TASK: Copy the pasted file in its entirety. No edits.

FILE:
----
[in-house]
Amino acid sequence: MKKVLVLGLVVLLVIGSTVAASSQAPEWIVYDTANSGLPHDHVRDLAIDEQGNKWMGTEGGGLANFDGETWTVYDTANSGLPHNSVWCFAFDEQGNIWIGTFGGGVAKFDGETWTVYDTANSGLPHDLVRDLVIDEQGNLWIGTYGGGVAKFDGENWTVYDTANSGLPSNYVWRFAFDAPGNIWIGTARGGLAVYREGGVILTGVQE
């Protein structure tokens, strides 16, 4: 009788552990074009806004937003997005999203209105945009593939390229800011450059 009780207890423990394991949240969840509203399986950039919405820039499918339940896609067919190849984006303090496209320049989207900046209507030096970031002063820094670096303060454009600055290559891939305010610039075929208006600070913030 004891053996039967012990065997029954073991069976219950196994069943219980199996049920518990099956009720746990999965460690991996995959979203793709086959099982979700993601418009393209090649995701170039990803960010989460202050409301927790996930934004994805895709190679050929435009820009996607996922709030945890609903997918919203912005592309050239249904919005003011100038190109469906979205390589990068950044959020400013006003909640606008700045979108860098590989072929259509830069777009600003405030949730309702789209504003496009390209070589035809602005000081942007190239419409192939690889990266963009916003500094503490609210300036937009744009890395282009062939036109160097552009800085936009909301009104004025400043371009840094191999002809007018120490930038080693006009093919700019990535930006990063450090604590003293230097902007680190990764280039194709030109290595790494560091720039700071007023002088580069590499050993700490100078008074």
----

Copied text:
[in-house]
Amino acid sequence: MKKVLVLGLVVLLVIGSTVAASSQAPEWIVYDTANSGLPHDHVRDLAIDEQGNKWMGTEGGGLANFDGETWTVYDTANSGLPHNSVWCFAFDEQGNIWIGTFGGGVAKFDGETWTVYDTANSGLPHDLVRDLVIDEQGNLWIGTYGGGVAKFDGENWTVYDTANSGLPSNYVWRFAFDAPGNIWIGTARGGLAVYREGGVILTGVQE
């Protein structure tokens, strides 16, 4: 009788552990074009806004937003997005999203209105945009593939390229800011450059 009780207890423990394991949240969840509203399986950039919405820039499918339940896609067919190849984006303090496209320049989207900046209507030096970031002063820094670096303060454009600055290559891939305010610039075929208006600070913030 004891053996039967012990065997029954073991069976219950196994069943219980199996049920518990099956009720746990999965460690991996995959979203793709086959099982979700993601418009393209090649995701170039990803960010989460202050409301927790996930934004994805895709190679050929435009820009996607996922709030945890609903997918919203912005592309050239249904919005003011100038190109469906979205390589990068950044959020400013006003909640606008700045979108860098590989072929259509830069777009600003405030949730309702789209504003496009390209070589035809602005000081942007190239419409192939690889990266963009916003500094503490609210300036937009744009890395282009062939036109160097552009800085936009909301009104004025400043371009840094191999002809007018120490930038080693006009093919700019990535930006990063450090604590003293230097902007680190990764280039194709030109290595790494560091720039700071007023002088580069590499050993700490100078008074």